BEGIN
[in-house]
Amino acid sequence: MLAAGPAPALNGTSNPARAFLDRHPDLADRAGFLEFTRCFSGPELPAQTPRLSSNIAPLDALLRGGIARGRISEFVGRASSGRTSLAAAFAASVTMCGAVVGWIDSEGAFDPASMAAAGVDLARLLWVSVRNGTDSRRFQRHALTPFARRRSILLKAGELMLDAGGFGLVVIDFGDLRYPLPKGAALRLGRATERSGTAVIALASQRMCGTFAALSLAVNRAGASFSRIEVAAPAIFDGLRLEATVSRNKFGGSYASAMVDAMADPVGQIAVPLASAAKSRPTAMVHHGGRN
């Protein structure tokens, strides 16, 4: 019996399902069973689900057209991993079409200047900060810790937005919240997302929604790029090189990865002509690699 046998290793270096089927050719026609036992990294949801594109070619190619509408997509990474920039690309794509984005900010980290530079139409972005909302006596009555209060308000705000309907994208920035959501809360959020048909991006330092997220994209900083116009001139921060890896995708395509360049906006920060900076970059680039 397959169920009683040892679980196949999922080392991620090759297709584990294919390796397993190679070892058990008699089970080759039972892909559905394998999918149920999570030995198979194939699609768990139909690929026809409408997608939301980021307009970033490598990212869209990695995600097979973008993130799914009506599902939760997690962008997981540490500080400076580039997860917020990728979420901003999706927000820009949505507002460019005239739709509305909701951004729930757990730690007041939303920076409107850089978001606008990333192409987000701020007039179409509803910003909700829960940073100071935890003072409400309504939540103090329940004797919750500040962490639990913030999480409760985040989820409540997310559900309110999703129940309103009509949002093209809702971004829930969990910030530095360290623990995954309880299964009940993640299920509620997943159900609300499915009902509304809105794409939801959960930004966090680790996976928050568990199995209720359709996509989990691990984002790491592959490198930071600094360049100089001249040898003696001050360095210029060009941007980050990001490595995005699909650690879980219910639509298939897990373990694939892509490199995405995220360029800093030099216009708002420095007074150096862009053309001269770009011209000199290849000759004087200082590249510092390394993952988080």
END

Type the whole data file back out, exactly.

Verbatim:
[in-house]
Amino acid sequence: MLAAGPAPALNGTSNPARAFLDRHPDLADRAGFLEFTRCFSGPELPAQTPRLSSNIAPLDALLRGGIARGRISEFVGRASSGRTSLAAAFAASVTMCGAVVGWIDSEGAFDPASMAAAGVDLARLLWVSVRNGTDSRRFQRHALTPFARRRSILLKAGELMLDAGGFGLVVIDFGDLRYPLPKGAALRLGRATERSGTAVIALASQRMCGTFAALSLAVNRAGASFSRIEVAAPAIFDGLRLEATVSRNKFGGSYASAMVDAMADPVGQIAVPLASAAKSRPTAMVHHGGRN
């Protein structure tokens, strides 16, 4: 019996399902069973689900057209991993079409200047900060810790937005919240997302929604790029090189990865002509690699 046998290793270096089927050719026609036992990294949801594109070619190619509408997509990474920039690309794509984005900010980290530079139409972005909302006596009555209060308000705000309907994208920035959501809360959020048909991006330092997220994209900083116009001139921060890896995708395509360049906006920060900076970059680039 397959169920009683040892679980196949999922080392991620090759297709584990294919390796397993190679070892058990008699089970080759039972892909559905394998999918149920999570030995198979194939699609768990139909690929026809409408997608939301980021307009970033490598990212869209990695995600097979973008993130799914009506599902939760997690962008997981540490500080400076580039997860917020990728979420901003999706927000820009949505507002460019005239739709509305909701951004729930757990730690007041939303920076409107850089978001606008990333192409987000701020007039179409509803910003909700829960940073100071935890003072409400309504939540103090329940004797919750500040962490639990913030999480409760985040989820409540997310559900309110999703129940309103009509949002093209809702971004829930969990910030530095360290623990995954309880299964009940993640299920509620997943159900609300499915009902509304809105794409939801959960930004966090680790996976928050568990199995209720359709996509989990691990984002790491592959490198930071600094360049100089001249040898003696001050360095210029060009941007980050990001490595995005699909650690879980219910639509298939897990373990694939892509490199995405995220360029800093030099216009708002420095007074150096862009053309001269770009011209000199290849000759004087200082590249510092390394993952988080």